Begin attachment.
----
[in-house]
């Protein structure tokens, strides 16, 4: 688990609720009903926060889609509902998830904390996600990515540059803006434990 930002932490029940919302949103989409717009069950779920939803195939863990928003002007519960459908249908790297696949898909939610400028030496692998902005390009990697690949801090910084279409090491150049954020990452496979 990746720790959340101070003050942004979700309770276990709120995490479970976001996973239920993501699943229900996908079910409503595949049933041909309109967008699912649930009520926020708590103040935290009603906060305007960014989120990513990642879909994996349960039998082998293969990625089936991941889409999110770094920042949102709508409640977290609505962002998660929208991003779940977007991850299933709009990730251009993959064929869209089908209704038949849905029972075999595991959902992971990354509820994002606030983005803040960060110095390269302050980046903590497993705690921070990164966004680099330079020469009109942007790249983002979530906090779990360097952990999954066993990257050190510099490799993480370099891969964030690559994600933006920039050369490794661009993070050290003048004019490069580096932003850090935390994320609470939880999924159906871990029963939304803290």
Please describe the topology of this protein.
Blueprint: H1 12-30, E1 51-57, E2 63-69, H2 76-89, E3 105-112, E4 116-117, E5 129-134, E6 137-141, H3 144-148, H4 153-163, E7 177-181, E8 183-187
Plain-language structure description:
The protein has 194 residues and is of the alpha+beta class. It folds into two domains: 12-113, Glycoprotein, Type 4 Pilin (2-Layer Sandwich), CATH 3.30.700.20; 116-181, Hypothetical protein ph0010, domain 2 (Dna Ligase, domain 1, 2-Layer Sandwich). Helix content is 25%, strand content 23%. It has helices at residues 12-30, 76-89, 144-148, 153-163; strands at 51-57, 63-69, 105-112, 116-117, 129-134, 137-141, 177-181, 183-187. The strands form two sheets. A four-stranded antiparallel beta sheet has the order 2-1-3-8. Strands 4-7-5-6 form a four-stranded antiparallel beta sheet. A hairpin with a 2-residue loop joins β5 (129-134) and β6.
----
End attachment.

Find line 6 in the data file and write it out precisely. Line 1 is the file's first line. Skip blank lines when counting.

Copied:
The protein has 194 residues and is of the alpha+beta class. It folds into two domains: 12-113, Glycoprotein, Type 4 Pilin (2-Layer Sandwich), CATH 3.30.700.20; 116-181, Hypothetical protein ph0010, domain 2 (Dna Ligase, domain 1, 2-Layer Sandwich). Helix content is 25%, strand content 23%. It has helices at residues 12-30, 76-89, 144-148, 153-163; strands at 51-57, 63-69, 105-112, 116-117, 129-134, 137-141, 177-181, 183-187. The strands form two sheets. A four-stranded antiparallel beta sheet has the order 2-1-3-8. Strands 4-7-5-6 form a four-stranded antiparallel beta sheet. A hairpin with a 2-residue loop joins β5 (129-134) and β6.